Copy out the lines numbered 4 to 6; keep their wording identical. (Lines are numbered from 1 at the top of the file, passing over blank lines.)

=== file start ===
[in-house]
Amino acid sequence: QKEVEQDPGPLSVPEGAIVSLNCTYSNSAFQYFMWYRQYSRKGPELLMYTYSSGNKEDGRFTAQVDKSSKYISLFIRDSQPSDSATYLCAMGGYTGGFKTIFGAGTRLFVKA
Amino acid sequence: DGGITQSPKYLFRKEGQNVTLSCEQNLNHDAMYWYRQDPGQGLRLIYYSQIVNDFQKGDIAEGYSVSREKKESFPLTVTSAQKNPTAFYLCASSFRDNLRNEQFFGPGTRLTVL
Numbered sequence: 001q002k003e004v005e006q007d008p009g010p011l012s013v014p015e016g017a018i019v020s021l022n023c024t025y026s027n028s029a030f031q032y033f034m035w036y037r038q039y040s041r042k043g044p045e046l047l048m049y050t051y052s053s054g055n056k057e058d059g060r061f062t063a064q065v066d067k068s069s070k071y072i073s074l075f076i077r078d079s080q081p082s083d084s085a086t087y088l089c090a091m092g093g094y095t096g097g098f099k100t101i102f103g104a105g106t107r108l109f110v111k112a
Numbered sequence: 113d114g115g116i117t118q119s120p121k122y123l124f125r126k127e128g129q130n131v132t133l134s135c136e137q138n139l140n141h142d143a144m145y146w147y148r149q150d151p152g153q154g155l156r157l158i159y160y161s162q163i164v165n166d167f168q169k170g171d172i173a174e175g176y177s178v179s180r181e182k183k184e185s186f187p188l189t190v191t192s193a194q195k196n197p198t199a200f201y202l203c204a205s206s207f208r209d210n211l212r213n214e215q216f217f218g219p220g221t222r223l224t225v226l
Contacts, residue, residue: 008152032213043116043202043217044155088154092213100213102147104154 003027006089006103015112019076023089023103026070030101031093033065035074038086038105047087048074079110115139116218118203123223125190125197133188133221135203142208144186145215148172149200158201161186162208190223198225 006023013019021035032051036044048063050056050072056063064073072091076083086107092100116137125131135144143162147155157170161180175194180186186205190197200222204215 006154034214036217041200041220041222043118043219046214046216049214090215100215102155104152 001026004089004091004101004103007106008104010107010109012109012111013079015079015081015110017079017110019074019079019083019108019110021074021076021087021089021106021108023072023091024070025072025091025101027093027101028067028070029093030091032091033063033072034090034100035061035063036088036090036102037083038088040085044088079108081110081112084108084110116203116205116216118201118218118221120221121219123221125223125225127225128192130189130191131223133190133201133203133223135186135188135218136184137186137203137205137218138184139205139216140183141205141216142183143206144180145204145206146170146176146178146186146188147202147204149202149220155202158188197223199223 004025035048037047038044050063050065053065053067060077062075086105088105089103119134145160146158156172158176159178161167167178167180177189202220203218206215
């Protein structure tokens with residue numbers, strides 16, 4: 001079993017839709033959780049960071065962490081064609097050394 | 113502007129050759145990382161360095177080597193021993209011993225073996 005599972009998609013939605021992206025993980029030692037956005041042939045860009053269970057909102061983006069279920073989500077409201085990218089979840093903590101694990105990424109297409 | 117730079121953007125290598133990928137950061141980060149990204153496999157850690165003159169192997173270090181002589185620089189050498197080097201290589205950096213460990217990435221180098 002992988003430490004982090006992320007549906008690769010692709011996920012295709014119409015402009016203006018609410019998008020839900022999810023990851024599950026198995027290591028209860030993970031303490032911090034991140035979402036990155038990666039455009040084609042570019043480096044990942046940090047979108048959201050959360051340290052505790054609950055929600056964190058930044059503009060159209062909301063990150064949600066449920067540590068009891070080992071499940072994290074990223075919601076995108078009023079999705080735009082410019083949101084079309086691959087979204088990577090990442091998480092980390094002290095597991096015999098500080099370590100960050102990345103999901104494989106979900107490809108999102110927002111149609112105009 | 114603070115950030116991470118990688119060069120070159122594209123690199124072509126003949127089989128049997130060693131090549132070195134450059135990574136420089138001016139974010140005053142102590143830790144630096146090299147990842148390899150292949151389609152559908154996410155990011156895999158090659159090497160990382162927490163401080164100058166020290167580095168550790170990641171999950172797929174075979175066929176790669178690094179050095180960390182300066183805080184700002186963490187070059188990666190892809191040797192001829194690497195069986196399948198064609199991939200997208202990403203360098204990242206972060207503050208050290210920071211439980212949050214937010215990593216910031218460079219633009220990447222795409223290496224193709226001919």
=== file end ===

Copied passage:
Numbered sequence: 001q002k003e004v005e006q007d008p009g010p011l012s013v014p015e016g017a018i019v020s021l022n023c024t025y026s027n028s029a030f031q032y033f034m035w036y037r038q039y040s041r042k043g044p045e046l047l048m049y050t051y052s053s054g055n056k057e058d059g060r061f062t063a064q065v066d067k068s069s070k071y072i073s074l075f076i077r078d079s080q081p082s083d084s085a086t087y088l089c090a091m092g093g094y095t096g097g098f099k100t101i102f103g104a105g106t107r108l109f110v111k112a
Numbered sequence: 113d114g115g116i117t118q119s120p121k122y123l124f125r126k127e128g129q130n131v132t133l134s135c136e137q138n139l140n141h142d143a144m145y146w147y148r149q150d151p152g153q154g155l156r157l158i159y160y161s162q163i164v165n166d167f168q169k170g171d172i173a174e175g176y177s178v179s180r181e182k183k184e185s186f187p188l189t190v191t192s193a194q195k196n197p198t199a200f201y202l203c204a205s206s207f208r209d210n211l212r213n214e215q216f217f218g219p220g221t222r223l224t225v226l
Contacts, residue, residue: 008152032213043116043202043217044155088154092213100213102147104154 003027006089006103015112019076023089023103026070030101031093033065035074038086038105047087048074079110115139116218118203123223125190125197133188133221135203142208144186145215148172149200158201161186162208190223198225 006023013019021035032051036044048063050056050072056063064073072091076083086107092100116137125131135144143162147155157170161180175194180186186205190197200222204215 006154034214036217041200041220041222043118043219046214046216049214090215100215102155104152 001026004089004091004101004103007106008104010107010109012109012111013079015079015081015110017079017110019074019079019083019108019110021074021076021087021089021106021108023072023091024070025072025091025101027093027101028067028070029093030091032091033063033072034090034100035061035063036088036090036102037083038088040085044088079108081110081112084108084110116203116205116216118201118218118221120221121219123221125223125225127225128192130189130191131223133190133201133203133223135186135188135218136184137186137203137205137218138184139205139216140183141205141216142183143206144180145204145206146170146176146178146186146188147202147204149202149220155202158188197223199223 004025035048037047038044050063050065053065053067060077062075086105088105089103119134145160146158156172158176159178161167167178167180177189202220203218206215